By Dennis Falk, Chair of ADP’s Global Engagement Scholars and Distinguished Teaching Professor of Social Work, University of Minnesota Duluth
Over five years ago The New York Times and the Center for Strategic and International Studies (CSIS) joined AASCU’s American Democracy Project to create what became known as “The Seven Revolutions Project.” The name of the project emanated from a framework developed by Erik Peterson, who consulted with other leading policy analysts within CSIS and identified the seven global forces (“revolutions”) expected to most impact the world in the next 20-25 years. These revolutions include 1) population, 2) resource management, 3) technology, 4) information, 5) economics, 6) conflict, and 7) governance.
Faculty from 10 AASCU institutions (“Seven Revolutions Scholars”) decided to use the seven revolutions framework to develop curriculum with the goal of educating globally competent citizens at AASCU institutions. These faculty members initially shared teaching materials and resources to develop courses on their home campuses that could meet the identified goal. CSIS provided resources specifically oriented to college and university students, and The Times organized its rich and relevant resources into templates within the Epsilen Learning Environment, a comprehensive course management system that also allows social networking and the development of portfolios.
To expand the impact of the project, the AASCU Seven Revolution Scholars decided to create an extensive monograph titled “Educating Globally Competent Citizens: A Toolkit for Teaching Seven Revolutions” in 2010. This Toolkit provided background information on the project, summarized key content related to seven revolutions content, and compiled three years of campus case studies, teaching and learning materials, and teaching resources. A hard copy of the Toolkit was published, and a pdf version could be downloaded free of charge. The Toolkit is currently being revised and updated.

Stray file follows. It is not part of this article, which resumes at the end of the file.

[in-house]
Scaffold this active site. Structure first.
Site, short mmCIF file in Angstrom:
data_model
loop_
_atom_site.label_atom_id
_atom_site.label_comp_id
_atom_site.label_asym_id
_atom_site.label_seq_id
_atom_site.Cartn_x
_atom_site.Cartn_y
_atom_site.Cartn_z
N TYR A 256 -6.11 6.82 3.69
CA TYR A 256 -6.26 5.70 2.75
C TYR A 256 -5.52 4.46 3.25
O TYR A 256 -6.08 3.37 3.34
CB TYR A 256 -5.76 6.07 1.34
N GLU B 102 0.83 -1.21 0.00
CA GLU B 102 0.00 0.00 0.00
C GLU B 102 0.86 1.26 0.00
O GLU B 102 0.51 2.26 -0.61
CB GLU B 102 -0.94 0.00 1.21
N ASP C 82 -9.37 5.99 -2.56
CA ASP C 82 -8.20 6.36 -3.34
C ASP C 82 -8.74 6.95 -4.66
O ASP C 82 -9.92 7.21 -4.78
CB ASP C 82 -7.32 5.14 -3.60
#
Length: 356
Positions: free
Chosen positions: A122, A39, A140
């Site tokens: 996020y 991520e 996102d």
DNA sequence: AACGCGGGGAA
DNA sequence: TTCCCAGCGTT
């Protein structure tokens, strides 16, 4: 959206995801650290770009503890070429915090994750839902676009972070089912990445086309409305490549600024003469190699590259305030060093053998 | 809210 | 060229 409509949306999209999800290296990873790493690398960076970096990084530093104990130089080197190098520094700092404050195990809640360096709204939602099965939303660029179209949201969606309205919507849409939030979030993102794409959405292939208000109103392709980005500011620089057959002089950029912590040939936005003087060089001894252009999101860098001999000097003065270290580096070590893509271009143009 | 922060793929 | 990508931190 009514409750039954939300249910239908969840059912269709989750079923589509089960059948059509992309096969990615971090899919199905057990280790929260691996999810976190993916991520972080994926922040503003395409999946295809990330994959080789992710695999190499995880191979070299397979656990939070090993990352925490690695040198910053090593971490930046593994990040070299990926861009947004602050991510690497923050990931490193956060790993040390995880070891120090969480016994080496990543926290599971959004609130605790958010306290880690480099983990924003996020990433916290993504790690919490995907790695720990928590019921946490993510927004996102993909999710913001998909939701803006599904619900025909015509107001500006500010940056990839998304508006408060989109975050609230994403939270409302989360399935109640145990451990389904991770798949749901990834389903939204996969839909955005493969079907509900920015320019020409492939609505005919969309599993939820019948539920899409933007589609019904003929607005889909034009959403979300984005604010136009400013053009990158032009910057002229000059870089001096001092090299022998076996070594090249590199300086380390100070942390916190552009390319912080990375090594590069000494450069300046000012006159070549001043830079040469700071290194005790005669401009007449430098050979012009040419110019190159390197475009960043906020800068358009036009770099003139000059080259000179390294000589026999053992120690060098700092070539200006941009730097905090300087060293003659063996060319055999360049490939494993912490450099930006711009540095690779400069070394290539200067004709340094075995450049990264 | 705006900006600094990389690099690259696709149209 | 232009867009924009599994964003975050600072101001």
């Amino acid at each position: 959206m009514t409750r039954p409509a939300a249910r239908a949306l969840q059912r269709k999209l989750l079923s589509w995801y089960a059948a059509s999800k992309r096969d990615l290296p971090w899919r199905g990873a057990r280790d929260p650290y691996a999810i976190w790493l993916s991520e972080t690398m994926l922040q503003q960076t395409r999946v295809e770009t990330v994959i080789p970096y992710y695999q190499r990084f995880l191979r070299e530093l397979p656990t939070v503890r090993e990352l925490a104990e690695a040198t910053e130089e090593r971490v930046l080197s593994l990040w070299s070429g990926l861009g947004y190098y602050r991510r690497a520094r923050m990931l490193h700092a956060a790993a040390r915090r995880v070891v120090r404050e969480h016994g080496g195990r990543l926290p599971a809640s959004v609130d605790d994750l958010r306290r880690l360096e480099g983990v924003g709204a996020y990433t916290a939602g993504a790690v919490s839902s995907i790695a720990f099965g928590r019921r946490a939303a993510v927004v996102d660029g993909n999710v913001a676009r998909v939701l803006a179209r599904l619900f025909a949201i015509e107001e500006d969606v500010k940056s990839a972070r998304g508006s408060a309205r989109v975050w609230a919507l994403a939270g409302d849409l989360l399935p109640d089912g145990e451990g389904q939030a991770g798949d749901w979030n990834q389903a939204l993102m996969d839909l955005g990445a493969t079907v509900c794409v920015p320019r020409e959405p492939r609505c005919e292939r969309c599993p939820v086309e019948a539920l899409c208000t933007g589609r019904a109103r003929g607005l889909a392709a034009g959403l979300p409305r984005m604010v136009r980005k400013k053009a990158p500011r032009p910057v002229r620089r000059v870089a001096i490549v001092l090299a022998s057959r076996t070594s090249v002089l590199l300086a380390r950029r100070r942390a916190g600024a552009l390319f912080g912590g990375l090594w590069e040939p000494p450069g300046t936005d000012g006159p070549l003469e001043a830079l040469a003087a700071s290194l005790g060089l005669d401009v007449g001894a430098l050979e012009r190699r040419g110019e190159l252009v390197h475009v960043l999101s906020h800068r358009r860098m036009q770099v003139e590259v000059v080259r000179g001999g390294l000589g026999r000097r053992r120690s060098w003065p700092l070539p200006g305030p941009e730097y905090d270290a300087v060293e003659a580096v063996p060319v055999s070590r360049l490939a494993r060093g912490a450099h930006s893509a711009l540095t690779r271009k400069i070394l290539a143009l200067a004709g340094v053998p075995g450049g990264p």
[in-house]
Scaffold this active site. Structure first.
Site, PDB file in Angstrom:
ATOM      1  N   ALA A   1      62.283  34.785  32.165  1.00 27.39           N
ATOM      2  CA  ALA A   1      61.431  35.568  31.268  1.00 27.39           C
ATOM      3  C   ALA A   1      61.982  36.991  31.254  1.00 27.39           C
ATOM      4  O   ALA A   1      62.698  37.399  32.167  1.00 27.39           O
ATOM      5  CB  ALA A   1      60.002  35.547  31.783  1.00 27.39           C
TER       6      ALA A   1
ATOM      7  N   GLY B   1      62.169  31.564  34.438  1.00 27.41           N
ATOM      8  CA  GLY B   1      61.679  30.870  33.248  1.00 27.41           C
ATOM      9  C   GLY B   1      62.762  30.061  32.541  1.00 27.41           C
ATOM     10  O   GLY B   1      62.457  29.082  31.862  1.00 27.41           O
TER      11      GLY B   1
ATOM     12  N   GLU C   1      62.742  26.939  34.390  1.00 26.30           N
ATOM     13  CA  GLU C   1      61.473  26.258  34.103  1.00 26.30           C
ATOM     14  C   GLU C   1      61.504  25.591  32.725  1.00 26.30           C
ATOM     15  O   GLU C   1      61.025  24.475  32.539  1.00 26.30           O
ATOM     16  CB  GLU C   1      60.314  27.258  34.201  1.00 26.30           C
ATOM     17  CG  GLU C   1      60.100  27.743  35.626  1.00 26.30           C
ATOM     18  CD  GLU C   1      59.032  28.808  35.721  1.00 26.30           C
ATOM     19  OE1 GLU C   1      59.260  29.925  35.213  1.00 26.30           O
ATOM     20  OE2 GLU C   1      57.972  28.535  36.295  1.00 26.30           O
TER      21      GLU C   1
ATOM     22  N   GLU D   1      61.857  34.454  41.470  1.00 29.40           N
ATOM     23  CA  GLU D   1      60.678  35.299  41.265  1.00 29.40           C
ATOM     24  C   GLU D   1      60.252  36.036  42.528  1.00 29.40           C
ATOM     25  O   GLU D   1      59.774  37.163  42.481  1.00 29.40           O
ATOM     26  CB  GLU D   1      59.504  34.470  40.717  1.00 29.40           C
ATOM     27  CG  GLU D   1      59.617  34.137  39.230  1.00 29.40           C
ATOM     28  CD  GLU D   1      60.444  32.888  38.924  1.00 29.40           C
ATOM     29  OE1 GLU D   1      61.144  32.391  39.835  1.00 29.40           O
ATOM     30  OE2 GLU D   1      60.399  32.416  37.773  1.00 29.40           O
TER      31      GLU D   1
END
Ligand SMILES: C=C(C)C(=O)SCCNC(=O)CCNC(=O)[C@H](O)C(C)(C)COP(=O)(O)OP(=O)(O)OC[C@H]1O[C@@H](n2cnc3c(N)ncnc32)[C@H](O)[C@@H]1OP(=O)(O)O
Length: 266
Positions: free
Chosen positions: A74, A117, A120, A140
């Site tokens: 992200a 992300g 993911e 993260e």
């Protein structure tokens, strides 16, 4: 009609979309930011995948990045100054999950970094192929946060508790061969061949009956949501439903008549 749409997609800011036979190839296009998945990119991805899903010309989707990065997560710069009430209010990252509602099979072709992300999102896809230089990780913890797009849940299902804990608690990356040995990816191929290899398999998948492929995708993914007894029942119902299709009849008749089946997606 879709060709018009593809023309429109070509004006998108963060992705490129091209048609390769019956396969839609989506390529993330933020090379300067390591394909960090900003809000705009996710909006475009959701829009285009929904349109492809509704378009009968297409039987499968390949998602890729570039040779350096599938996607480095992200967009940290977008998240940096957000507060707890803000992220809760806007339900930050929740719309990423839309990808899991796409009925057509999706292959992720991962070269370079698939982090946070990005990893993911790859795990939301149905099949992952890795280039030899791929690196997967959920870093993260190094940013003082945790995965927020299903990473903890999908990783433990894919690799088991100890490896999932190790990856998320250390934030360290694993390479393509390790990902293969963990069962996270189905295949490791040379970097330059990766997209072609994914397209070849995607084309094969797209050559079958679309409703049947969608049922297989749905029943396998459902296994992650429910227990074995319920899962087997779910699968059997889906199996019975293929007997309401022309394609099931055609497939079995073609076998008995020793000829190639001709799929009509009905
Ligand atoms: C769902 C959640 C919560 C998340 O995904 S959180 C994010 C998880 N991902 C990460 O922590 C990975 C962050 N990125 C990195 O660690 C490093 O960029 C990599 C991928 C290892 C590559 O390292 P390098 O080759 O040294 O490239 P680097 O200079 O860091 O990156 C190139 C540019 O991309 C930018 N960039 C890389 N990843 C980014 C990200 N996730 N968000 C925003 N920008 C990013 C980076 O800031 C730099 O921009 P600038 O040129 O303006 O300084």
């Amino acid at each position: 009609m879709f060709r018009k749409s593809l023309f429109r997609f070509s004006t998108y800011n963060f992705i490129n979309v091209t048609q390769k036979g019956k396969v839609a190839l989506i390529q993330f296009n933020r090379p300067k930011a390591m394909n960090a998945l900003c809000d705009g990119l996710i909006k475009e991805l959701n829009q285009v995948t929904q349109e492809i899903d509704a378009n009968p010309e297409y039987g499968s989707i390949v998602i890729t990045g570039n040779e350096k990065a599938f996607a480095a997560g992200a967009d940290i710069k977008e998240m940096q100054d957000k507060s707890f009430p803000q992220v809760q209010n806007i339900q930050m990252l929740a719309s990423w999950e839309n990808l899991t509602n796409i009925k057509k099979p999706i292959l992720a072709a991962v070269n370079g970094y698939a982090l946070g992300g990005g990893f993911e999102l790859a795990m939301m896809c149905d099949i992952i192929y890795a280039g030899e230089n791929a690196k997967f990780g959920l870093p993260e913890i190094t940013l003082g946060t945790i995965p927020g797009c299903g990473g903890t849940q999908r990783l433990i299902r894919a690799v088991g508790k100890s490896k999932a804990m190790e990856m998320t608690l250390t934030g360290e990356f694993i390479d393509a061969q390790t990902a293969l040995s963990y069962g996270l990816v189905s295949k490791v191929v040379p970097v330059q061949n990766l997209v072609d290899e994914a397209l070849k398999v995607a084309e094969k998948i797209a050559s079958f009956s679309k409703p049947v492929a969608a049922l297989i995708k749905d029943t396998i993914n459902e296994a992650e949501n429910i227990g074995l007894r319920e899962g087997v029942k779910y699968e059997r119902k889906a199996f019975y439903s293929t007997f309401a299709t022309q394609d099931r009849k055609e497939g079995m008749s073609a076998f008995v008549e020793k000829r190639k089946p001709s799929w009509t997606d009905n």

At the same time, 7 Revs Scholars offered workshops and institutes to interested faculty. Multiple sessions have been offered annually at the ADP National Meeting, and member campuses provided workshops for their colleagues. Two day training institutes were offered in Washington, D.C. in spring 2010 and at CSU Fresno in Fresno, Calif. in fall 2011.
Recent activities focused on developing a national blended learning course on seven revolutions topics that provides print, graphic, audio, and video content; teaching and learning activities; online tests; and additional assessment activities in an integrated format within Epsilen. This course was used in some of the 10 participating schools in fall 2011 and is additionally being piloted in four additional schools across the country. The course is currently being polished for national release in Fall 2012.
In December 2012 AASCU received word that CSIS was withdrawing from the project, but authorized AASCU to continue using the seven revolutions framework and content resources. Losing CSIS as a partner necessitated a number of changes. Consistent with AASCU terminology, the Seven Revolutions Initiative became the Global Engagement Initiative, and the Seven Revolutions Scholars are now Global Engagement Scholars. The blended learning course based on the seven revolutions framework, which was initially to have seven revolutions as part of its name, is now titled “Global Challenges: Promise and Peril in the 21st Century.”
Despite these changes, the Global Engagement Initiative maintains the original goal. We will continue to update and disseminate a toolkit for faculty reference, to offer workshops that assist faculty in developing essential knowledge and skills, and to provide a state-of-the-art national blended learning course—all with the same goal of educating globally competent citizens at AASCU institutions.
For more information about ADP’s Global Engagement Initiative, go here.
For more information about the Global Challenges course, go here.